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Arthur SULLIVAN (1842-1900)
On Shore and Sea - A dramatic cantata (1871)* [26:35]
Kenilworth - A masque (1864) [37:22]
Sally Silver (soprano); Nico Darmanin (tenor); Louise Winter (mezzo); Donald Maxwell (bass-baritone)
The John Powell Singers
Orchestra of Victorian Opera Northwest/Richard Bonynge
rec. Urmston Grammar, Manchester, 2-3 November 2013
* World premiere recording
Contents List at end of review
DUTTON CDLX 7310 [65:24]

Rousing applause for Dutton and these musicians for this disc of first commercial recordings. A red letter day for these are substantial and very rare Sullivan works. They emerge in good heart under veteran Richard Bonynge's life-ebullient conviction. The singers, solo and ensemble and orchestra deliver fully satisfactory results ... and more.
 
The various proud city festivals reigned supreme in the nineteenth century as the venue for contemporary composers to show off their wares. So it was that in 1864 the Birmingham Festival was the scene of the premiere of 22-year-old Sullivan's Kenilworth masque. Sir Walter Scott was all the rage in Victorian England and it comes as no surprise that Sullivan had a soft spot for his novels and poetry. Not only did he write Kenilworth but also the opera Ivanhoe and the concert overture Marmion, each based on Scott. To put things further in context: two years later Sullivan was to write the Irish Symphony and Cello Concerto.
 
Kenilworth is more predictably conventional than On Shore and Sea. It bears the rumbustious rum-ti-tum bounce of the Savoy opera collaborations. Try tracks 12, 14-16 if you are in any doubt: Hark the sound that hails a King, Let fauns the cymbal ring, Slow Dance and I am a Ruler on the Sea. The opening A Summer night sports a long and flowing Mendelssohnian melody. Hark the sound that hails a King incorporates some cries of God Save the Queen! all delivered in a rather plummy Victorian accent. The so-called Slow Dance manages to combine gracious optimism with a gleam and a wink. Sullivan ends the Masque with the smooth, suave and even reverential God Save The Queen! The duet: How sweet the moonlight sleeps (tr.18) is quite magical with woodwind zephyrs at play and the chuckling echoes of Vltava in the foreground.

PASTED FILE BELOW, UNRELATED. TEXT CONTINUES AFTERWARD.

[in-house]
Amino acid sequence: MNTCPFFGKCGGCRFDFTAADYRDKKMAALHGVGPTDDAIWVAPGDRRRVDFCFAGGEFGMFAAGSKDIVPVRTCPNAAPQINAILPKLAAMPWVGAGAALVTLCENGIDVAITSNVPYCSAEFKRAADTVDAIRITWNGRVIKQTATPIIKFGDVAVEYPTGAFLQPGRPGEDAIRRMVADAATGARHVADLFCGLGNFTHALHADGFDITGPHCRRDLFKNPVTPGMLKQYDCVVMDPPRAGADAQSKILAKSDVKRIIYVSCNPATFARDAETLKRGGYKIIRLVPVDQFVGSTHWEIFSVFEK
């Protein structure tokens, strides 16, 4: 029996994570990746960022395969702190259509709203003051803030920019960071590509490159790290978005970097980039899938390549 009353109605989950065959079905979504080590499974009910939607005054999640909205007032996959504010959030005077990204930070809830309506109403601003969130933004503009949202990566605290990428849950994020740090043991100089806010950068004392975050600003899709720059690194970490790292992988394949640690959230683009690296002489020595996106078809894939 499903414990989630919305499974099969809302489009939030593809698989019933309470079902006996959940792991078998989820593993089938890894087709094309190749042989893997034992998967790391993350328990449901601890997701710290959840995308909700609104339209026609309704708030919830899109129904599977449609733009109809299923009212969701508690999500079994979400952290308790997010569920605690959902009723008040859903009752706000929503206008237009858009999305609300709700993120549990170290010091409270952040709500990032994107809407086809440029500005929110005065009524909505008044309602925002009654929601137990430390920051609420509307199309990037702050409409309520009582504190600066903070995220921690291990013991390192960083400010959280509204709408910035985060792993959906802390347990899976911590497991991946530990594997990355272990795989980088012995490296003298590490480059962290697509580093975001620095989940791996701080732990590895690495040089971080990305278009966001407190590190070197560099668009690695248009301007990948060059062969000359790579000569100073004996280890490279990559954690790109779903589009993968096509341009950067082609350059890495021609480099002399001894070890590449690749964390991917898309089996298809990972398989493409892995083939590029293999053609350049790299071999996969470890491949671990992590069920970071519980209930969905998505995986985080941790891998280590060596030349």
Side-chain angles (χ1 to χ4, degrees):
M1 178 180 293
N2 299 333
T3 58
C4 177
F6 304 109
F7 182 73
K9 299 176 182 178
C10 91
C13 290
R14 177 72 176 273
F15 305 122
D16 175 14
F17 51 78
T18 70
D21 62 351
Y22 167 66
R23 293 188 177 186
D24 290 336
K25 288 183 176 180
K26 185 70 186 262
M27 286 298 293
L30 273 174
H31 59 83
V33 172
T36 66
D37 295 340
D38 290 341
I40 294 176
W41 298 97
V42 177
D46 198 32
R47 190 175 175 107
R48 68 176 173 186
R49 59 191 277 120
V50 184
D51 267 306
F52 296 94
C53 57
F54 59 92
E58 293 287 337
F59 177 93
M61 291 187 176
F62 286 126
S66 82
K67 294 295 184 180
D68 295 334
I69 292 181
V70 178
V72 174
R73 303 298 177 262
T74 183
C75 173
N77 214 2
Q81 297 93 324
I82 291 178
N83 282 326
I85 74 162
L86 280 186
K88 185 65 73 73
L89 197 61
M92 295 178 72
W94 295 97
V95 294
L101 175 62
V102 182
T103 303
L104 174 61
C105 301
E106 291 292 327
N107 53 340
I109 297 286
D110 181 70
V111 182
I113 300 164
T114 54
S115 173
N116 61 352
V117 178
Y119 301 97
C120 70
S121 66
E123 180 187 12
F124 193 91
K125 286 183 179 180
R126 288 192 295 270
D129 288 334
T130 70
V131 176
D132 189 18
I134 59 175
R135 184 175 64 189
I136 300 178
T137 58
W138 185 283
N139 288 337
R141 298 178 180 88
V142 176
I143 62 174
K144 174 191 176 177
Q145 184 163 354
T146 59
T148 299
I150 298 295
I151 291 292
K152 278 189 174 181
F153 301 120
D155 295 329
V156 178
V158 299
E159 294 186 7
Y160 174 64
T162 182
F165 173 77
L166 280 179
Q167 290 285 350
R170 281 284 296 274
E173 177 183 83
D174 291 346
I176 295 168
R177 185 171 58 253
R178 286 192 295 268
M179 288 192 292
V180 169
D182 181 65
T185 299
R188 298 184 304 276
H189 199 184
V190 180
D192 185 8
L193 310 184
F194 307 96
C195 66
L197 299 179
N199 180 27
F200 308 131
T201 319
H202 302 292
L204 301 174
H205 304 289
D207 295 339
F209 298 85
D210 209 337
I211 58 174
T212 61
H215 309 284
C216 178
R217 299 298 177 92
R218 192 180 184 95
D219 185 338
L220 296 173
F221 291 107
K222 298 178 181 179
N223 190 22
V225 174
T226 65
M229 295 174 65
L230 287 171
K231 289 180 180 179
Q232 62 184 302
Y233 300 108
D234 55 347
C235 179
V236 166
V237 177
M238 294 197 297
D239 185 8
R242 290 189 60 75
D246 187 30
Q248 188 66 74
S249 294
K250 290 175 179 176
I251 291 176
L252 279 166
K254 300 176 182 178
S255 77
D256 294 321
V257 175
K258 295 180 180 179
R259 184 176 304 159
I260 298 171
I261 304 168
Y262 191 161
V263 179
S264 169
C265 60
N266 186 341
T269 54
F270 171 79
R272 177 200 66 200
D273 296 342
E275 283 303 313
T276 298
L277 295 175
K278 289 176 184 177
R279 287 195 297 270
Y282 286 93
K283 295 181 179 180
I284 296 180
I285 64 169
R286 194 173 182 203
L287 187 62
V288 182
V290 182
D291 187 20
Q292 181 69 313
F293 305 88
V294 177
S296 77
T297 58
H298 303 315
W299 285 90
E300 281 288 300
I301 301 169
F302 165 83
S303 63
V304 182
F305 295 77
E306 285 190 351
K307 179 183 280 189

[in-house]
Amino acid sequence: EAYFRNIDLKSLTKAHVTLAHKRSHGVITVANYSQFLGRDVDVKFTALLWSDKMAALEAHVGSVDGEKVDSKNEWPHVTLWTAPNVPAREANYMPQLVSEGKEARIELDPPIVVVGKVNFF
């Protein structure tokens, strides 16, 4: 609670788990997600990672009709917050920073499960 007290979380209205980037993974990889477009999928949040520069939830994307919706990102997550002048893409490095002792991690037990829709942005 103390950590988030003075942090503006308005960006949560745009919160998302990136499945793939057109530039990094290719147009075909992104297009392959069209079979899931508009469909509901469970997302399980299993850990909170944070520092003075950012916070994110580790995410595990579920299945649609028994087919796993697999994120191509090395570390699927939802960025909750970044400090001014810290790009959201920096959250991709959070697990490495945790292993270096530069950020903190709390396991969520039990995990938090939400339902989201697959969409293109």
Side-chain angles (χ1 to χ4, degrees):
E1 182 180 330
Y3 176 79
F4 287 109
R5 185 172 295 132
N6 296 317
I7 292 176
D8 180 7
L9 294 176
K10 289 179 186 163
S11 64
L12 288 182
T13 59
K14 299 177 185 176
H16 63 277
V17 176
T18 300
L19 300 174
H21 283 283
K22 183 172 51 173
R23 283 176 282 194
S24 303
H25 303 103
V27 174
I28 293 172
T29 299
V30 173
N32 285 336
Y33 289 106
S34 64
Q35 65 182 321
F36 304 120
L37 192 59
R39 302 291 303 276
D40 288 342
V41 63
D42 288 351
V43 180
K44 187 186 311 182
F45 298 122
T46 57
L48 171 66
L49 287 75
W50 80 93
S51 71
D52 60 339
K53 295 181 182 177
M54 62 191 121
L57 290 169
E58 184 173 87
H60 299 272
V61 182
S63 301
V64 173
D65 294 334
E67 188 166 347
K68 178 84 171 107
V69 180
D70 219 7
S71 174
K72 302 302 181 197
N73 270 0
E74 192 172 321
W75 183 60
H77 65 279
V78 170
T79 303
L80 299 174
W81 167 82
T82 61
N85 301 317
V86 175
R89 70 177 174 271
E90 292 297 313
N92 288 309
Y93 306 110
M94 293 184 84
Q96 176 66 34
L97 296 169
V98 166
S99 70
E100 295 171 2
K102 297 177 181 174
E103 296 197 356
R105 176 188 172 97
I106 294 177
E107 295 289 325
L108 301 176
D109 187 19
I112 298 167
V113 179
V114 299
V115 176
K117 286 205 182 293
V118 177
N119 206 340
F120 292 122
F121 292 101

Dutton show their attention to detail and good taste by placing a good long pause between the end of On Shore and Sea and the start of Kenilworth.
 
In 1870 the Birmingham Festival was the setting for the first performance of the Overture di Ballo but it was the 1871 London International Exhibition that had the premiere of On Shore and Sea. It was a fateful year: for it also saw a collaboration with Gilbert in the stage-work Thespis and the writing of his most widely-heard work, the hymn Onward Christian Soldiers, to words by Sabine Baring-Gould.
 
Frankly, On Shore and Sea surprised and delighted me even after allowing for its hokum Christians-against-Moslems 'plot'. It clearly grew from the same winningly innocent mulch as Raff's Tageszeiten and Brahms’ Volkslieder. In it Sullivan is caught at his most fluently mellifluous. There's variety too. Along the way we encounter, in the hoarse and breathy From Springtime on to Summer, the bass drum delivering some imposingly thudded cannon shots. Moresque Dance and Moslem Triumph issue an invitation to the swaying Orient; this complete with jingling Alla Turca percussion and 'barbaric' North African atmosphere. This music presents Sullivan in another light - the peddler of the light exotic - where he is in good company with Massenet and Godard. We are also treated to the English equivalent of Borodin's Polovtsian Dances. The music is not short of melodrama and in the Handelian Sink and Scatter final chorus there's regal atmosphere as well. Golden assertive horns rise out of the texture to put the seal on all that jolly ebullience.
 
The full sung texts can be found here. The booklet comprises worthwhile essays by Martin Wright and Robin Gordon-Powell.
 
This is Dutton's first immersion in Sullivan. What we hear is very enjoyable and well recorded. It is bound to please the Sullivan legions and others wanting to explore this composer's contribution to the Victorian era secular cantata.
 
Rob Barnett
 
Contents List
On Shore and Sea (1871): A dramatic cantata*
Opening chorus: The Windlass ply
Recit and Aria: ’Tis the Mid Watch/The wave at her Bows
Recit: From Springtime on to Summer
Aria: Soft and sadly sea-wind swell
Moresque dance
Recit and Chorus of Moslem Triumph: The Crescent o’er the Cross
Recit: They chain not Christian souls
Chorus of Christian Captives: With a will, Oh Brothers
Recit and Duet: Hark! on the Night/Here on thy Heart
Final Chorus: Sink and scatter, Clouds of War
 
Kenilworth (1864): A masque
Introduction: A Summer night
Chorus: Hark, the sound that hails a King
Song: I have slept beneath the water
Quartet: Let Fauns the cymbal ring
Slow Dance with Chorus
Arion’s Song: I am a Ruler on the Sea
Recit: Place for a Queen
Duet: How sweet the Moonlight sleeps
A Brisk Dance
Finale: After Banquet play and riot